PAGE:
John Kurucz / Vancouver Courier
Ang’s crutch was schmoozing.
As someone who works in the entertainment and hospitality industries, she’s done a lot of it.
Those situations almost always included a glass of wine. The glass soon became a bottle, and over time the visual evidence of where her life was going quite literally started to pile up.
“I’m a smart person,” Ang told the Courier. “As I would see the bottles pile up over the course of the week, I said to myself, ‘This is probably a little over the top.’ Slowly over time it became somewhat more of a crutch, where I found I was drinking every night.”
Karen, on the other hand, traces her relationship with alcohol back 25 years. She had just started high school and stopped playing organized sports.
The bottle replaced the ball, the team and the camaraderie.
“That’s when everything shifted for me,” she said.
Karen and Ang both spoke to the Courier on the condition of anonymity. April is Alcohol Awareness Month and both women are at different places in their paths to sobriety.
They’re linked, however, by disturbing stats that suggest alcoholism is on the rise for women in particular. Numbers published in March by the Centre for Addiction and Mental Health (CAMH) suggest women with drinking problems were less likely than men to receive advice (11.7 per cent compared to 19.3 per cent).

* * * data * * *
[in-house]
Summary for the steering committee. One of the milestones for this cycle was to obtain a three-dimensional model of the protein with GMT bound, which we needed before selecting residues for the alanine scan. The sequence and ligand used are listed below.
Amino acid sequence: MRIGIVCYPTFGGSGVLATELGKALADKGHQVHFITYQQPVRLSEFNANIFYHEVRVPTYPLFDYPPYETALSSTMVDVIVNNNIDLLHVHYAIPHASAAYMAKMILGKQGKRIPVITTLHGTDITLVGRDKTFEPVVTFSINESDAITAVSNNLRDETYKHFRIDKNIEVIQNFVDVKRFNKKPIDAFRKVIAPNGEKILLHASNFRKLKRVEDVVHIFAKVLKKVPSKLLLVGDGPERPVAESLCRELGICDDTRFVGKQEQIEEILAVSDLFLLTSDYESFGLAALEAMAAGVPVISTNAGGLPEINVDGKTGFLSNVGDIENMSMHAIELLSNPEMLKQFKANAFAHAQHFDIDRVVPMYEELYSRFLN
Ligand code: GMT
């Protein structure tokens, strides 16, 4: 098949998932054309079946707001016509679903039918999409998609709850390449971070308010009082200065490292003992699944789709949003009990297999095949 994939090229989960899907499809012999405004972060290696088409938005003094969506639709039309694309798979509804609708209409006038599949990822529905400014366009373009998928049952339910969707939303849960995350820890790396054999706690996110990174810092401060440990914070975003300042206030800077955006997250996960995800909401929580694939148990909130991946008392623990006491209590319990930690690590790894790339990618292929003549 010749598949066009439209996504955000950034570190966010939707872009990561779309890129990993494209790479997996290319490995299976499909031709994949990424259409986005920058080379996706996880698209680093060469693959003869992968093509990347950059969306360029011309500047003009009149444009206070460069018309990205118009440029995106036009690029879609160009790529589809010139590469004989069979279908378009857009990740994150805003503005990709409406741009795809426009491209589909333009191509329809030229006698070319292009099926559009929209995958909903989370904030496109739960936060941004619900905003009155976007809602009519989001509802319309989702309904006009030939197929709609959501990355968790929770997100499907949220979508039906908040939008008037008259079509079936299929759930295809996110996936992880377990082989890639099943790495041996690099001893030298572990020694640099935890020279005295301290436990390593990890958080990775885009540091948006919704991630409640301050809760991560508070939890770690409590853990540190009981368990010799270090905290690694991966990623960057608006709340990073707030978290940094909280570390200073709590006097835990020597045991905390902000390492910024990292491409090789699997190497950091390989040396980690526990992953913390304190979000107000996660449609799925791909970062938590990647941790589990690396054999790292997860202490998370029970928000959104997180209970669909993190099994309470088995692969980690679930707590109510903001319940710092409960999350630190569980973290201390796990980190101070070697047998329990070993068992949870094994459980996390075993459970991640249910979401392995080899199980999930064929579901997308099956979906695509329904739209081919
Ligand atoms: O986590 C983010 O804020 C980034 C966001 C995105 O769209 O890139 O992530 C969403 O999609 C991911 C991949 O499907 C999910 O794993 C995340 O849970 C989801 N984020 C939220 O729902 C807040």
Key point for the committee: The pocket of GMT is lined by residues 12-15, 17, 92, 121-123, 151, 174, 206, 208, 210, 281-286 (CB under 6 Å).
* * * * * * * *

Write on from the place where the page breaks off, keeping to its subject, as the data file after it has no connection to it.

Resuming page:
The Canadian Cancer Society notes that one drink per day increases a woman’s risk of breast cancer by up to 13 per cent. Stats Canada suggests binge drinking among women is on the rise, almost on a yearly basis.
Although they’ve taken different paths to do so, Ang and Karen are resolute in their efforts to not be a statistic.
“There’s this weird saddle that is put on women,” said Karen, 38. “You’re going to be a mother, you’re going to be taking care of babies, but you’re not going to be the breadwinner. Instead, you’re faced with pressure, isolation and you’re going to have this mom culture thing around you. There are a lot of women drinking by themselves at home.”
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